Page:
In my earlier review I mentioned my preference for the viola da gamba in this music; apart from one work, the earlier recording employs the cello instead. Perhaps that, too, is a reason for my preferring the new CDs. Sonatas of this type can work well with just violin and harpsichord, as on the Naxos recording of Corelli’s Op.5/7–12 (see below) but the gamba is played with such sensitivity here that I didn’t find it at all intrusive. If I have a small reservation about the recording it concerns the comparative obscurity of the harpsichord, a complaint that I find myself making fairly frequently of modern recordings of baroque music…If you followed my recommendation of an earlier Naxos recording, of Corelli’s Violin Sonatas, Op.5/7–12, on 8.557799 will almost certainly like these two new CDs just as much. The performances, too, are of the same high quality as on that earlier recording, though by different performers. With good, bright recording, excellent notes by Adrian Butterfield, and Naxos’s usual well-chosen contemporary paintings on the front cover, these CDs should find a ready market…two hours of pleasure that you’ll derive from the new Naxos CDs, which not only fill a niche in the market—a Naxos speciality—but do so delightfully.

James Manheim, November 2009

A soiree presented by Jean-Marie Leclair for one of his wealthy patrons would never have run through his sonatas for violin and continuo in sequence, as Baroque violinist Adrian Butterfield and his small ensemble have done here and on the predecessor of this disc, which offered the first four sonatas of Leclair’s Op. 1 [8.570888]. Yet these little sonatas, Italian in conception yet thoroughly French in spirit, are worth recording systematically to see exactly how the combination works. It is the slow movements, each of which on this disc is entirely individual in construction, that reveal Leclair’s French roots in their heavy ornamentation and affecting spirit. They make lovely contrasts with the outer movements, in which Leclair reveals his debt to his model, Arcangelo Corelli. The performances by British Baroque violinist Adrian Butterfield, with a conventional continuo of viola da gamba (Alison McGillivray) and harpsichord (Laurence Cummings), break little new ground but are entirely sympathetic to Leclair in spirit. Butterfield is smooth in even the most intricate ornaments. This can be recommended for large Baroque collections and even for general listeners interested in sampling period violin style; “authentic” performances are rarely done with such confidence and verve.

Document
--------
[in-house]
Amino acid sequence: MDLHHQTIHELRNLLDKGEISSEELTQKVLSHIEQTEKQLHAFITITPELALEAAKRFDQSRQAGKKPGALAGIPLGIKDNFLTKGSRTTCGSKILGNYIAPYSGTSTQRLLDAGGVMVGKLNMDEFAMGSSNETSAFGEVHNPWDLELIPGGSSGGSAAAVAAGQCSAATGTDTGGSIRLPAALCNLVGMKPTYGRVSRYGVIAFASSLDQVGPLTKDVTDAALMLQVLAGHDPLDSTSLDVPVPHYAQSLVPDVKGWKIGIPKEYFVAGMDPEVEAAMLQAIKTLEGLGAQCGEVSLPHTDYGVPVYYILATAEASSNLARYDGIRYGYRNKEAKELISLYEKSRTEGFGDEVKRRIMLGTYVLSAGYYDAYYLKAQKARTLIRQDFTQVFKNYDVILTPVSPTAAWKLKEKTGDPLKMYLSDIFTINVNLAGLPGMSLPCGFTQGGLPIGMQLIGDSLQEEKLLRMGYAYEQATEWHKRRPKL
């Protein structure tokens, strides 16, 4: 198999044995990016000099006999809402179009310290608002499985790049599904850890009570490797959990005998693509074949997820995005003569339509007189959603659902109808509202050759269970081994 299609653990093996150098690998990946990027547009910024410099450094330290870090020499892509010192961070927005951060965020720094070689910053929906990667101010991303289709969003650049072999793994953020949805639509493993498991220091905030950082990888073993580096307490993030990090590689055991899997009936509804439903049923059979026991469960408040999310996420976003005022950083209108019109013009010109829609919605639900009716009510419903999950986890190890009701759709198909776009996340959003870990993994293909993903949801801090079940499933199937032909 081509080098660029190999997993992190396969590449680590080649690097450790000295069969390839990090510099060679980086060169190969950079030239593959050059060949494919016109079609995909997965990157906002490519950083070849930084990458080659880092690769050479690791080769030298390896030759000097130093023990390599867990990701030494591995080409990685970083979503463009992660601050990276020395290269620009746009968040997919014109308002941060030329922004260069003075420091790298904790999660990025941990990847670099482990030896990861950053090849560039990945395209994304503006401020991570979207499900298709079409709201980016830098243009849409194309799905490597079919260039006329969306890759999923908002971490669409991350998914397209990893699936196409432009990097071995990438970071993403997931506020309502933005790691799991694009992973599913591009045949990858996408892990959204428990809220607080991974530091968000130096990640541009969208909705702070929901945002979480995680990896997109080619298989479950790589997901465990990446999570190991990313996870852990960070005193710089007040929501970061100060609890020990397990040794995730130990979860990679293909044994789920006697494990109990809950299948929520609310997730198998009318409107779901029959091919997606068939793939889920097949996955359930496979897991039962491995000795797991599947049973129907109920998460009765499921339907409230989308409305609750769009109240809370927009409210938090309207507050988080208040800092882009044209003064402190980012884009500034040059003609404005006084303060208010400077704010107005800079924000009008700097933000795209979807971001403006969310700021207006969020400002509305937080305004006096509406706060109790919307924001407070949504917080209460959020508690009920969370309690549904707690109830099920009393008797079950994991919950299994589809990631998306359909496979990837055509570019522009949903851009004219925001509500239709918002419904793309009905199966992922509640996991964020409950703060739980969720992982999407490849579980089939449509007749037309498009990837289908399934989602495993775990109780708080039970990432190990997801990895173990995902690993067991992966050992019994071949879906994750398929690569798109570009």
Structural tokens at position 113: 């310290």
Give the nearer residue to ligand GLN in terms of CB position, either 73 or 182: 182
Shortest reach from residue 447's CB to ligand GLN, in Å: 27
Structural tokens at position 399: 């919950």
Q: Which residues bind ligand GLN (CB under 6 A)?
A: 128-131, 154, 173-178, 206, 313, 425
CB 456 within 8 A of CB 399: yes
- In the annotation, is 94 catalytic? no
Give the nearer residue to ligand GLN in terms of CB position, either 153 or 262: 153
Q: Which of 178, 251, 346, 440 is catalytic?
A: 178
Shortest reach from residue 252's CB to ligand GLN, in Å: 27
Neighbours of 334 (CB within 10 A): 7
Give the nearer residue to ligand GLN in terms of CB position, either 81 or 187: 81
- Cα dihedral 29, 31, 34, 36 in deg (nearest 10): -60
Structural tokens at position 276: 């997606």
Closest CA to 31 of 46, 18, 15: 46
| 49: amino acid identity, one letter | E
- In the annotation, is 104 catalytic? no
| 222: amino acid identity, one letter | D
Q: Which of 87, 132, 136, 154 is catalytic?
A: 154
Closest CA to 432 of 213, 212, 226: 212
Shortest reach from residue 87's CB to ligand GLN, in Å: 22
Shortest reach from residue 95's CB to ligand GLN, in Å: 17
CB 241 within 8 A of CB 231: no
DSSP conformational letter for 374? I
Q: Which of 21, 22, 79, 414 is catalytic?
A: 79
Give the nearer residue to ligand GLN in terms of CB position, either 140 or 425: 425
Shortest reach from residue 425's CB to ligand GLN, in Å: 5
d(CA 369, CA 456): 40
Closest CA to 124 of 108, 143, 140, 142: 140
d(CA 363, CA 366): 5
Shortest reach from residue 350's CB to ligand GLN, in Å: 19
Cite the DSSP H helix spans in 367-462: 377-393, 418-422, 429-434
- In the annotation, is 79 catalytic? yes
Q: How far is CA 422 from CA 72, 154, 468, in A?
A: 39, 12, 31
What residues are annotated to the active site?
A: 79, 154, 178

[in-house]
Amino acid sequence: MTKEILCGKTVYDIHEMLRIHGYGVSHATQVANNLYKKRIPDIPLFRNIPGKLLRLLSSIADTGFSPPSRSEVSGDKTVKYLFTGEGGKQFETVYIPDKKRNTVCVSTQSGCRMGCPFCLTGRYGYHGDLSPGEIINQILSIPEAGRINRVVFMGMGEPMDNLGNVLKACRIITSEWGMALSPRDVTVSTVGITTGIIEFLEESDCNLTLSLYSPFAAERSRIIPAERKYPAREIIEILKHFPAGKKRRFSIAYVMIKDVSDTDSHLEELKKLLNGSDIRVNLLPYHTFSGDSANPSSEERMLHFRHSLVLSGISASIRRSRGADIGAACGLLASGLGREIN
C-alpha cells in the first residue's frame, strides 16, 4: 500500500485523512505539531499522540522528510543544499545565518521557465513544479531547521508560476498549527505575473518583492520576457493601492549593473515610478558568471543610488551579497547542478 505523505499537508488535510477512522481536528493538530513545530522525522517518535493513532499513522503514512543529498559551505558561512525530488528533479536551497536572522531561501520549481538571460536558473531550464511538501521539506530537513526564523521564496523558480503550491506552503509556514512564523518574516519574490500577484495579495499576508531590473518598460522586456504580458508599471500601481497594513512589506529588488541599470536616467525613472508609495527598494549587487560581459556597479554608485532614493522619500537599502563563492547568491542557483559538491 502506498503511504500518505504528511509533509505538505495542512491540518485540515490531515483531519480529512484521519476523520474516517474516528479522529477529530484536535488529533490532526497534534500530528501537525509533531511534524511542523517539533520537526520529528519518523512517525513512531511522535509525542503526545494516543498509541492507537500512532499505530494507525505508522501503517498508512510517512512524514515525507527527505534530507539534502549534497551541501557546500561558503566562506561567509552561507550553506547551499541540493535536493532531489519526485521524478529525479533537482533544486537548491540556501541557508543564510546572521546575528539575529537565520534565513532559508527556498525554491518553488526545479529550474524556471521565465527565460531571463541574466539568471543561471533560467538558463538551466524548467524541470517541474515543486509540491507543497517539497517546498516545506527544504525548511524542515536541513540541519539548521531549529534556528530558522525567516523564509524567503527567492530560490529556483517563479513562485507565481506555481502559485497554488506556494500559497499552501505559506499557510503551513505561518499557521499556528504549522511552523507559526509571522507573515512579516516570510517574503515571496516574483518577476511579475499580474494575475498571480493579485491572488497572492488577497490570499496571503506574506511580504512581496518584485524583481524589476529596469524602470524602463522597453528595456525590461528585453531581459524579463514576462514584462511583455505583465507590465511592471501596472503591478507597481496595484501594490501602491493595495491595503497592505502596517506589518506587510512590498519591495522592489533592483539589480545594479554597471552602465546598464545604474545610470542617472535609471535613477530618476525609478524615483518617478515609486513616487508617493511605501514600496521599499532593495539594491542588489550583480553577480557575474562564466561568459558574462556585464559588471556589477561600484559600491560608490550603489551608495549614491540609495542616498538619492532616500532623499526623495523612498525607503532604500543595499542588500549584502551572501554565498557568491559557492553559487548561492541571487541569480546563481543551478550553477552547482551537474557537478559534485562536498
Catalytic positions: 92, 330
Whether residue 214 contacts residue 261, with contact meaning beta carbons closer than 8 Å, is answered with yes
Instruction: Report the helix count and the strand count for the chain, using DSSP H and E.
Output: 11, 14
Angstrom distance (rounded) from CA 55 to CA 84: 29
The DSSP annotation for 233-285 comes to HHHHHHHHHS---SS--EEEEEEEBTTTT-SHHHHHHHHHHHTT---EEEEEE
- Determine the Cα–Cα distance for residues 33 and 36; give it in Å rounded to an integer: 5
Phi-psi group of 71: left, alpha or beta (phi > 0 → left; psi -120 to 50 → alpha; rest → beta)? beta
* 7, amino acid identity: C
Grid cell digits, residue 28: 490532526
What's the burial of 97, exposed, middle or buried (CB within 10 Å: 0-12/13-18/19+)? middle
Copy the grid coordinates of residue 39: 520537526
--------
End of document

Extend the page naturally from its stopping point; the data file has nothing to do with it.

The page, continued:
Giv Cornfield
The New Recordings, Cliffs Classics, September 2009

The first volume of these sonatas recently reviewed was a delight, and this second disc—as expected—is no disappointment. These musicians have a firm grasp of the style, and the recording is nicely balanced and acoustically lively. Given the vast number of works penned by Leclair (3 more books of sonatas, plus 2 volumes of concertos), and this label's penchant for complete sets of major works, it looks like collectors have much to look forward to from these wonderful artists.

David Denton
David's Review Corner, September 2009

Born in 1697, Jean-Marie Leclair, was the first major French composer to establish the violin on the same level of popularity as the viol. It was, however, his time spent in Italy that gave him the inspiration and insight into writing sonatas very much in the style of Corelli, and though the French elegance is always apparent, the need for the performer to add ornamentation is derived from Italy. They were a tremendous success and were reprinted four times soon after publishing in 1723, much of the works written in the form of a dance—Leclair himself having studied dancing. In later life he indicated the tempos he expected for his movements, generally complaining that violinists played them much too fast to display virtuosity. Here on a Baroque violin, with viola da gamba and harpsichord accompaniment, Adrian Butterfield, takes an unhurried view, the dances refined and courtly. How much latitude would have originally been employed in phrasing is something we can only guess, Butterfield taking the rhythms of the fast movements literally. but moving tempos around in the slow movements. His intonation is exemplary, his bowing creating seamless legato sections and Cummings adds a very vibrant harpsichord that in weight matches Butterfield. Alison McGillivray’s viola da gamba is always nicely present and perfectly weighted, Leclair giving the performer a very athletic part on the Eighth sonata. Excellent sound quality.